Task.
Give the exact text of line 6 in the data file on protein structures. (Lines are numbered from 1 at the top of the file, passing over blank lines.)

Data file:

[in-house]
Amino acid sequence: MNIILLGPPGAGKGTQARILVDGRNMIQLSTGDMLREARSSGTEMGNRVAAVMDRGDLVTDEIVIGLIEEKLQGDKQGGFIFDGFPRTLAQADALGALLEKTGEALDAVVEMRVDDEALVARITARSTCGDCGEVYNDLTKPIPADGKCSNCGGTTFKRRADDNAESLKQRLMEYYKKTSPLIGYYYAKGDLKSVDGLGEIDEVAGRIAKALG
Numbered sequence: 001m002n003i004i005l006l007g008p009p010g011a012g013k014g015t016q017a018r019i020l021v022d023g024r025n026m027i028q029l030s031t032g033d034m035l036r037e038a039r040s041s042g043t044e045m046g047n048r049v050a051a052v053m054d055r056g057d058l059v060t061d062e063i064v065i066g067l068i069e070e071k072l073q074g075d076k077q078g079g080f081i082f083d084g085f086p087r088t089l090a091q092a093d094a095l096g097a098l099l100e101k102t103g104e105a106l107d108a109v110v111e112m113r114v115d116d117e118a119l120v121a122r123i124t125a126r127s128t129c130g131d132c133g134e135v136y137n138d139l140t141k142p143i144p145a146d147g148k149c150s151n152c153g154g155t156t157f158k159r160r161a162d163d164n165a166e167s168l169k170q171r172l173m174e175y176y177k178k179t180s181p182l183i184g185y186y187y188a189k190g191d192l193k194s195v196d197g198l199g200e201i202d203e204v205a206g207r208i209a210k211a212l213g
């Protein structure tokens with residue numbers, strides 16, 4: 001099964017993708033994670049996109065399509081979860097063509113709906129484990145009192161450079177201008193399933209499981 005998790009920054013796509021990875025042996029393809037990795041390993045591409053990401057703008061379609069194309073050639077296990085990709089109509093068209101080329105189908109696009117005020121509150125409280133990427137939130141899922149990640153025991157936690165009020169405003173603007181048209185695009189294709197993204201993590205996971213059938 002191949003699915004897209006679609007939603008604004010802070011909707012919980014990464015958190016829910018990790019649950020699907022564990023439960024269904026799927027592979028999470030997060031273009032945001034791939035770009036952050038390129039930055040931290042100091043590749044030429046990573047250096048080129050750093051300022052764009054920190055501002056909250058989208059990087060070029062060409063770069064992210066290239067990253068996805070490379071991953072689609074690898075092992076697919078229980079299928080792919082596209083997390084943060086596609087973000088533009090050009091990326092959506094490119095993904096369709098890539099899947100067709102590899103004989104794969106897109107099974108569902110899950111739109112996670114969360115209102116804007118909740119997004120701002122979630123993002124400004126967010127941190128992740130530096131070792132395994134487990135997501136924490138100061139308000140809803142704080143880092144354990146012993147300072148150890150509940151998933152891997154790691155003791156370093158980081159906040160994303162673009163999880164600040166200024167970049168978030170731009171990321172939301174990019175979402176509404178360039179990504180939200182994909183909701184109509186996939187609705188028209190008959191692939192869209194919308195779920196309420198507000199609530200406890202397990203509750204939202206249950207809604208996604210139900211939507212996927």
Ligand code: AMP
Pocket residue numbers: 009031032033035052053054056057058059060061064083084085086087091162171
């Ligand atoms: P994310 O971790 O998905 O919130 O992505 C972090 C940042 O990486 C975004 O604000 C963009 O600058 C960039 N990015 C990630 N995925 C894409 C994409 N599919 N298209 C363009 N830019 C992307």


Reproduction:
Pocket residue numbers: 009031032033035052053054056057058059060061064083084085086087091162171